issue of Musical Six-Six Newsletter in 1972. Doug elaborates: “The piano that
Roger Williams had was designed by Hilbert Howe under the name ‘Howe-Way piano’ and manufactured by
Orville Wood. It was one of several such pianos. Williams's piano was a grand. There's a brief
description of the Howe-Way layout and the corresponding notation system
As you can read, C is in the bottom row. Tom Reed [see entry above] has, or had, a Howe-Way upright in
Missouri, and donated a Howe-Way piano to the National Music Museum in South Dakota.”
Although the Howe-Way piano has the same note layout as the Balanced / 6-6 keyboard depicted on this
website, its key colouring approach is a bit different, as can be seen in the photo.
There was an interview with Roger Williams in the Modern Keyboard Review issue, in which he explained his
enthusiasm for the 6-6 keyboard: “It's really wonderful ... if you play a Chopin number, say you play the
Chopin D Flat Prelude, you can also play it in E flat, F, G, A, B, and D flat again. And all you
do is just move up one note on the piano, the fingering's the same, the position on the piano's the
same, any piece you can play in one key, you can automatically play in six other keys.”
Jose Perez-Salado Kamps - Spanish patent
Jose contacted me in
December 2010 to inform of his Spanish patent ES8802099 for aspects of the
"Balanced" keyboard layout. His patent can be viewed on the espacenet European
this patent appears to have been granted in spite of substantial "prior art"
already existing in the public domain (e.g. "Musical Six-Six newsletter" above, and
historical references below), which the Spanish patent office may have missed in
their patentability search?
Jose explains: "I requested a patent for this idea in Spain back in 1985
(including two different variations of the keyboard; see figures 2 and 13 in the patent),
as I was completely unaware of any other prior similar ideas. The patent was awarded some
thirty months later, in 1988. I never came up with a name for the invention and so it was
just called “un instrumento de teclado” (“a keyboard instrument” in Spanish)."
Karl Bernhard Schumann - an early "Balanced" keyboard
Herbert Hencke's website on keyboard history names Karl Bernhard Schumann as another early
inventor of the Balanced keyboard layout in 1859, mentioned in a book
of 1907 (see the graphic about two-thirds of the way down):
- Website in original German
- Website in English (via Google Translate)
Alfred Gould and Cyrus Marsh's US patent, 1859
US patent 24,021, entitled "ARRANGEMENT OF KEYBOARD FOR PIANOS, &c" and dated May 17, 1859, names Alfred Gould and Cyrus Marsh
as inventors of the Balanced keyboard-style layout, as well as a related
arrangement of 3 rows of keys. The patent can be found on Google Patents
Grace Frix's US patent, 1995
Grace Frix patented some design variations of the Balanced keyboard layout in her 1995 US patent 5,404,788. The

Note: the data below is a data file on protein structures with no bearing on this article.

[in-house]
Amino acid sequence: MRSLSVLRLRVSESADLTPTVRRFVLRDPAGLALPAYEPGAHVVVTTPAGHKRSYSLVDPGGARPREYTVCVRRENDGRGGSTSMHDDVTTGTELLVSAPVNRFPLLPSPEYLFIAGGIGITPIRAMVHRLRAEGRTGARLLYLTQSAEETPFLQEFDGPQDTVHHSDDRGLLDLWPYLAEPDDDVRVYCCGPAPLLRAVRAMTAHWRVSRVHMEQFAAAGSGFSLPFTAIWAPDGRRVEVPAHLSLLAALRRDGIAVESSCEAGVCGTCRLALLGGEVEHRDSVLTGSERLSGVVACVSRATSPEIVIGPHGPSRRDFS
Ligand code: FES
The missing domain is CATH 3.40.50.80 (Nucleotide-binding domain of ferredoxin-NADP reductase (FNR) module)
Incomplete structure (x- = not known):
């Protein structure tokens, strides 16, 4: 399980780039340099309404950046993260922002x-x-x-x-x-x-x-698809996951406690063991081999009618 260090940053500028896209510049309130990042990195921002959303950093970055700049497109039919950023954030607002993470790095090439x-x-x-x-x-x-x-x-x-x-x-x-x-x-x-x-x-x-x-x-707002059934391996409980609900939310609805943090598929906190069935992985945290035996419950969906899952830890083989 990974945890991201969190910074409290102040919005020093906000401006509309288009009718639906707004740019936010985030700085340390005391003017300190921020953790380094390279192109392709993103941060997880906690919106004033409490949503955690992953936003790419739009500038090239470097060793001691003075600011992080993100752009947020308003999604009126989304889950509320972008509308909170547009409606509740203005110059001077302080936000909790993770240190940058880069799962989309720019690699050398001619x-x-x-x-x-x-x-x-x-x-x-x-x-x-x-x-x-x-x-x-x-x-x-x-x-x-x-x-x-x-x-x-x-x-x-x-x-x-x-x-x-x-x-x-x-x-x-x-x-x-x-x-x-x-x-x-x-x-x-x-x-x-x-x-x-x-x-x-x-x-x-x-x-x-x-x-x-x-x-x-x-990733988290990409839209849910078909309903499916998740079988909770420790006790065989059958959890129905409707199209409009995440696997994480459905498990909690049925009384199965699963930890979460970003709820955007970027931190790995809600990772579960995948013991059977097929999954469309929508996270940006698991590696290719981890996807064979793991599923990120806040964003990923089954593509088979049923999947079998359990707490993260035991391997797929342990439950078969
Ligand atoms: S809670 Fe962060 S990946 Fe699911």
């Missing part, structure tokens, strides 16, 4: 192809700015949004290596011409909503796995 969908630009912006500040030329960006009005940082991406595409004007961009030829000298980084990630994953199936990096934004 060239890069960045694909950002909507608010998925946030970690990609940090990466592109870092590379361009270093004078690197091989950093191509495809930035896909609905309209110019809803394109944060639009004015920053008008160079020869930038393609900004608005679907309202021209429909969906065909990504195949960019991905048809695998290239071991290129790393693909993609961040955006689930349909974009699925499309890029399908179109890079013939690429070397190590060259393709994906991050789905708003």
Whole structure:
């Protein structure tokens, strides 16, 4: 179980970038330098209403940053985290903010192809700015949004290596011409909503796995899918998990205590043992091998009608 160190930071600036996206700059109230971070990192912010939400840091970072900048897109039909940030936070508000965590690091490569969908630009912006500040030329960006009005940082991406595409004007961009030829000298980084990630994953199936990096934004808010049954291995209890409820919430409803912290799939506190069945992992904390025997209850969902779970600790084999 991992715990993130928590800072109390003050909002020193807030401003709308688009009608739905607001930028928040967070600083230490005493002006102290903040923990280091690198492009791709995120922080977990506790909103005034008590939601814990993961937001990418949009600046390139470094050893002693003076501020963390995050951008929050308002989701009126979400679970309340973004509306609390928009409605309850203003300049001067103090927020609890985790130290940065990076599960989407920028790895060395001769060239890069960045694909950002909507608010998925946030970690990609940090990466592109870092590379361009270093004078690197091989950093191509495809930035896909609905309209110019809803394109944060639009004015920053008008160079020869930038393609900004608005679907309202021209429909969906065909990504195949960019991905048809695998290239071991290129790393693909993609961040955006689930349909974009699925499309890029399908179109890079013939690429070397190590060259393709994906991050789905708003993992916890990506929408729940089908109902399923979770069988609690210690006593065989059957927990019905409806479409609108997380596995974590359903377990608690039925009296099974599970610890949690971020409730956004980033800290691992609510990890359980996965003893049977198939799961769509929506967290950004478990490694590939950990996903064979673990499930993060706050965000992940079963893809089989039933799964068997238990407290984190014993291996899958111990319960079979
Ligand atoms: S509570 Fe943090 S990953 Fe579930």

patent can be found on Google Patents
"Bilinear Uniform Chromatic Keyboard" (BUCK) -
Alexandre Oberlin has a web page at
http://migo.info/music/bilinear_chromatic_keyboard.xhtml_en.php, where he
also describes the "Balanced" keyboard principles and layout, but instead
calling it by the name of the "Bilinear Uniform Chromatic Keyboard" (BUCK). In
particular, his web page contains more detail about musical intervals and key
spacings in relation to the Balanced / BUCK layout.
Darin Gard - Alesis Q49 Balanced Keyboard Mod / YouTube video
Darin Gard converted an
Alesis Q49 MIDI keyboard into the Balanced keyboard layout.
Darin explains: "I built a balanced keyboard from your designs and
instructions on your website from a 70 dollar Alesis Q49 49-key midi controller.
I wanted to help other people who are new to keyboards like me get
interested in using a cheap current midi controller that can have its keys removed.
I took a risk and bought the keyboard online and it was very easy
to remove and reorder the keys.
"I used markers to color adhesive labels to recolor the
keys since I don't know whether the F based layout would be easier to play fingering-wise
than the C based layout, or what other differences there might be. I used the C based
layout for now... This balanced order is definitely easier for me to play and understand
chords compared to a regular keyboard."
"Usai" keyboard ("Tastiera Usai" in Italian) - Luigi Usai
Usai had attempted to
develop a business called Usai Instruments based upon the Balanced keyboard layout, which he
had called the
"Usai" keyboard. Luigi's Facebook page for this project is at
Luigi had participated in the "Start Cup Veneto" business start-up competition in
Italy in the middle of 2013, in which his business came fourth.
Luigi posted a number of promotional videos on YouTube:
He also built an accordion with the layout: